Friday, 11 January 2013

You need a circle to build a house

The plan of the House of Orpheus was the first one I drew directly in 3D studio max. 
Initially, I considered using Adobe Illustrator (a software I used quite often in my previous job) but then I realised that now I am more comfortable with Max than with any other graphic software. Furthermore, a plan drawn in Max will be entirely compatible with the 3D model (avoiding some of the problems that imported files may cause).

My plan of the House of Orpheus in 3D Studio Max

At the beginning, I was quite clueless about the methodology to use but Drew, my supervisor, thought me a very effective method based on an initial assumption and the use of circle shapes (or 25 sided n-gon which, in this context, is pretty much the same).
Our initial assumption (arbitrary as every assumption) was that the atrium of the HoO is a regular rectangle. Although I really doubt that there is any really straight wall in an ancient Roman house, the assumption is mandatory as a starting point. Moreover, the atrium is actually a fairly regular space.
Then, using the data we collected on site, I designed circles with the same ray as the dimension I wanted to represent. The very handy thing is that, being every point of the circle at the same distance form the centre, the circle is still a precise mark even when the adjacent element turns out to be not completely aligned.

Why did I need such a feature? They say numbers never lie, but in my experience they never completely match either :-)
Material errors during transcription, different layers of plaster, non regular shapes. I can think of a number of variables that may affect the measuring operations. Or it’s just a kind of useful curse to remind 3D modellers that they are not reproducing “the real thing” but only a representation of it. Actually, I encountered a similar issue when I was working on the Temple of Isis. Not only I have never seen two plans with identical measures but sometimes it was difficult even to find two sources that roughly agreed on something. Now I can easily imagine the headaches that Francesco Piranesi or John Soane suffered!

My plan of the House of Orpheus in 3D Studio Max
(all the working layers visualised)

Considering the basic level of fuzziness (usually between 2 and 7 cm) embedded in my data, using circle shapes was extremely useful and allowed me to deal with that fascinating jigsaw of walls, doors and columns.
Here are few things I should say about this digital plan, in order to make it more transparent.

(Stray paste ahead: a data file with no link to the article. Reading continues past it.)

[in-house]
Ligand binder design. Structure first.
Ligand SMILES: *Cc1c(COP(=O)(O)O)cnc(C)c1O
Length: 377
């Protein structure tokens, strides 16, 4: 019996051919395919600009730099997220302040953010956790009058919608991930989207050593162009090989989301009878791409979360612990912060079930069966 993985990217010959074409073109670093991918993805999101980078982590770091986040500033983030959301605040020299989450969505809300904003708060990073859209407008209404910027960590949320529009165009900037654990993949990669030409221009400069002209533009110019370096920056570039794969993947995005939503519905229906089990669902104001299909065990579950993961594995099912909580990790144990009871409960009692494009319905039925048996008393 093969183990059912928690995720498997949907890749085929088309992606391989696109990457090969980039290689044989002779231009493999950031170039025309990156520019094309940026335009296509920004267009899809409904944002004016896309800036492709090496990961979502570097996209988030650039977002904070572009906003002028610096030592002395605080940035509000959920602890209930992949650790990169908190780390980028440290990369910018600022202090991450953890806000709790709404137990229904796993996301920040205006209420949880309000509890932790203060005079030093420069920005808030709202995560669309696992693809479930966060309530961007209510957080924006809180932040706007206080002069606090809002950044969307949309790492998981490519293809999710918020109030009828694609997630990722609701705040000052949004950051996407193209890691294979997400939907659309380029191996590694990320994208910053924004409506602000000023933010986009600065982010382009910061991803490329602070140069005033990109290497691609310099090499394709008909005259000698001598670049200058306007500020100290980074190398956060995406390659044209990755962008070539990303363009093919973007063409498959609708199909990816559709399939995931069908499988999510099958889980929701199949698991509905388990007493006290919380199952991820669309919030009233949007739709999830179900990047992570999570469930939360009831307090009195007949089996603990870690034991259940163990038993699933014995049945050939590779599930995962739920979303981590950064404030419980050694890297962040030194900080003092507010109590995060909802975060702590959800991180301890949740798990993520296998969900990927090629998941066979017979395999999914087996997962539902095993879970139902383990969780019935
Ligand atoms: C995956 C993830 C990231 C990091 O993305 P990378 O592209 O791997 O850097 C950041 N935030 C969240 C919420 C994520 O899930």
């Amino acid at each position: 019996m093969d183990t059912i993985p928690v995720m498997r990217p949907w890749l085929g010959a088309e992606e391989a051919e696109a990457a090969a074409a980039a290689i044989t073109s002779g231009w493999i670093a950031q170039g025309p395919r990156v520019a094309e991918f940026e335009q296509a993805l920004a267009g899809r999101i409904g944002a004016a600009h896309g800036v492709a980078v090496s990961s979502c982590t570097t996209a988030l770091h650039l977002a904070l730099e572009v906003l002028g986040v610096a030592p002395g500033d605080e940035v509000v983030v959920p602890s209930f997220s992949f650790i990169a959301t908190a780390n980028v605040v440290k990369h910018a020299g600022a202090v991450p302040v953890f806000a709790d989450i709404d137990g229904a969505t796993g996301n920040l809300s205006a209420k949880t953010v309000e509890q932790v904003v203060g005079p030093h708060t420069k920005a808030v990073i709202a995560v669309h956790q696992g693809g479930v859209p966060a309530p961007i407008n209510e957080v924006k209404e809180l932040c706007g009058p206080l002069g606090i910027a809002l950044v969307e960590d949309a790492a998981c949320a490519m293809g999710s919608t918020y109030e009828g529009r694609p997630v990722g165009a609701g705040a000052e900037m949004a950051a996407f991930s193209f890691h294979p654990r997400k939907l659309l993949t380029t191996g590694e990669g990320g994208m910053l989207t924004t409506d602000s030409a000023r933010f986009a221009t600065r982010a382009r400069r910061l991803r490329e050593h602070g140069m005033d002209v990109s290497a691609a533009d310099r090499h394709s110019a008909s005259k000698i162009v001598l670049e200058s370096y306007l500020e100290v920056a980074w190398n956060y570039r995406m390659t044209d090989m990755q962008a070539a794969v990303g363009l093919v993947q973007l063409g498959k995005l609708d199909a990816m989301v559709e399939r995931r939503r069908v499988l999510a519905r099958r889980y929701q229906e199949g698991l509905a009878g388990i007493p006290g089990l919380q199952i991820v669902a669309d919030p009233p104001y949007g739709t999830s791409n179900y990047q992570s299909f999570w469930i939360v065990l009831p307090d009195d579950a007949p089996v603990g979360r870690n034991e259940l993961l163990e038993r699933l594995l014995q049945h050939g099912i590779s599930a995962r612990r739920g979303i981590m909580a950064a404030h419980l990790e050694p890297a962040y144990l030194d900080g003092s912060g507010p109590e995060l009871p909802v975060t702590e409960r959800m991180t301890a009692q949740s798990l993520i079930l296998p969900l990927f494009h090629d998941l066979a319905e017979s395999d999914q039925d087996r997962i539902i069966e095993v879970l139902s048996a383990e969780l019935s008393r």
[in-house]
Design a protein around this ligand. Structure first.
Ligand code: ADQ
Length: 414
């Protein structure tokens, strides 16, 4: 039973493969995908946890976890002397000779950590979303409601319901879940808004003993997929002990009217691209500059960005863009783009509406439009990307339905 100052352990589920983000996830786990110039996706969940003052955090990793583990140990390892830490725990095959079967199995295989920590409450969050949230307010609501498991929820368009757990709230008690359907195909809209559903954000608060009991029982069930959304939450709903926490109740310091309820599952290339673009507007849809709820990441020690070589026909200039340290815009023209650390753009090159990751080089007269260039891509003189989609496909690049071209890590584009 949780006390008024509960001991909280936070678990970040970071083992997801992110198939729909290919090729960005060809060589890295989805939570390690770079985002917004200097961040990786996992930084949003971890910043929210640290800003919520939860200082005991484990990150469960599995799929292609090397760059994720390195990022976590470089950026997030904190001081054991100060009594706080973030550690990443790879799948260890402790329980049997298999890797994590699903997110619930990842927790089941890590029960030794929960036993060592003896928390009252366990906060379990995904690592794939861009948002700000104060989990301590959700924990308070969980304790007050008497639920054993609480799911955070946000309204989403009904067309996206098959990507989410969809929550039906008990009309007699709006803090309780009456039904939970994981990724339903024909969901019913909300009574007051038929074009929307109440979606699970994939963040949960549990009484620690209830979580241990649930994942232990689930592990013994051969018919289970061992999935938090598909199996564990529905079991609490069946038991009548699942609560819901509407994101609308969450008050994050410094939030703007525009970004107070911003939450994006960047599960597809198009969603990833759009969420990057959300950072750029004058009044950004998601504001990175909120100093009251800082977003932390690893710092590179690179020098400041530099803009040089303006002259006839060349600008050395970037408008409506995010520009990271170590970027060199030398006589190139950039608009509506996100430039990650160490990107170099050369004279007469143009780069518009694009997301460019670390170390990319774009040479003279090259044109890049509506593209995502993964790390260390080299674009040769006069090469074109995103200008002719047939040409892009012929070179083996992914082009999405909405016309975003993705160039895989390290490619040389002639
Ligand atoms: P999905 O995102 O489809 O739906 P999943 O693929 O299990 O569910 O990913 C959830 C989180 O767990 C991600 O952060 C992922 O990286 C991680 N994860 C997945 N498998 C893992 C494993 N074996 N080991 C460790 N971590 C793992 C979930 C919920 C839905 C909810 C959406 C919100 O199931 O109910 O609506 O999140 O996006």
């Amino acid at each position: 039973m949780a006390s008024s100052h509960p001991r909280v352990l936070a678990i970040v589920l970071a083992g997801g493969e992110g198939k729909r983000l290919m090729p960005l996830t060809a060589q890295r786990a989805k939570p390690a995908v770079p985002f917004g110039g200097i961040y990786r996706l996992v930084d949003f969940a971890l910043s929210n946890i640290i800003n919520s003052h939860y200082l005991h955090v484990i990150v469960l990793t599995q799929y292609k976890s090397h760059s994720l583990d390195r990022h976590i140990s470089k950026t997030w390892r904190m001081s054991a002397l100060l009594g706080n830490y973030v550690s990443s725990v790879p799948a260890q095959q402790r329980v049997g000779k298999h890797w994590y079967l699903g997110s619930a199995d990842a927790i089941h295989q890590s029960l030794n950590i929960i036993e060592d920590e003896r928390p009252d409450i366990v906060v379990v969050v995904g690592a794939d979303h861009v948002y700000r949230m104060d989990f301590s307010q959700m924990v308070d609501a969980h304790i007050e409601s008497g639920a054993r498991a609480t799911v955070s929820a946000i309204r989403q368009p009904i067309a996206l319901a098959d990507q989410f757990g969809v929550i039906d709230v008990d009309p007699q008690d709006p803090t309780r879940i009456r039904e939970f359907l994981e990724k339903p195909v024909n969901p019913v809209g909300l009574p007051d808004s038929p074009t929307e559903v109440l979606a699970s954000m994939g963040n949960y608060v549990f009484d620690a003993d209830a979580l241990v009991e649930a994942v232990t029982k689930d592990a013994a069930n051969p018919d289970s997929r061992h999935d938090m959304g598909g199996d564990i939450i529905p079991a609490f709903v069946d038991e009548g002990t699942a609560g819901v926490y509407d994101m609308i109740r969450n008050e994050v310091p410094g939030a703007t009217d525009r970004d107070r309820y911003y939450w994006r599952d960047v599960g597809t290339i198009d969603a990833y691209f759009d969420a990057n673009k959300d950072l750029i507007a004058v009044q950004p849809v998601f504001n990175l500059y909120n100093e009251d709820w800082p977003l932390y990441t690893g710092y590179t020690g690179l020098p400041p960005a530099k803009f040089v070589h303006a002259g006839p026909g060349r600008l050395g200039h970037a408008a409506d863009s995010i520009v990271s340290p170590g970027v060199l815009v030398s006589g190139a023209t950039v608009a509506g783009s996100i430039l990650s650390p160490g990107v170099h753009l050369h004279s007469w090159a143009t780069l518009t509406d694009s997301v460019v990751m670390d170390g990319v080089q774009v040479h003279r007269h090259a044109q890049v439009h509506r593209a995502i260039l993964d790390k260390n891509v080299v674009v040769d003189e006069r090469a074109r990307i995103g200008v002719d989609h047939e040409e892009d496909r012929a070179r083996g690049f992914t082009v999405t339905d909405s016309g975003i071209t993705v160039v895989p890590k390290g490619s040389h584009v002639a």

* The thickness of the walls in the House of Orpheus if fairly regular. With the exception of the wall separating rooms 5 and 10, they all measure between 40 and 45 cm. Thus, I thought it was safe to assume that the walls I wasn’t able to measure because they are shared with other houses we were not allowed to enter (such as the south wall of the garden, or the west walls of rooms 14 and 15 ) follow the same rule. I also made the assumption that the walls overlooking the street are a bit thicker than the internal ones.

* The length of the viridarium (from south to north) has been calculated summing the diameters of the columns to the distance between them. Even though I have measured every single intercolumnation, I have measured only one column and I have assumed (for simplicity) that they have all the same diameter. I also assumed (again, for simplicity) that all the columns were perfectly aligned. My calculation was quite well backed up by the sum of the elements belonging to rooms 12, 4, 5, 10 and 11.

* All the traditional plans of Pompeii I have seen so far, tend to simplify the shape of the rooms and make them more regular than they actually are. I have chosen to preserve the irregularities and the oddities in the rooms dimensions because I thought they might be relevant in the visual analysis.

* The positioning of the impluvium in the present map is an approximation. It was the last element of the House we measured and we were running out of time (and light). I measured the dimensions of the impluvium itself and its marble elements but I didn’t measure their distance from the walls of the atrium.
My supervisor is quite confident that we could derive a more precise position through the photogrammetry of the atrium he ran.

* When I had little inconsistencies with my data I chose the option tending to the most regular shape.

No comments:

Post a Comment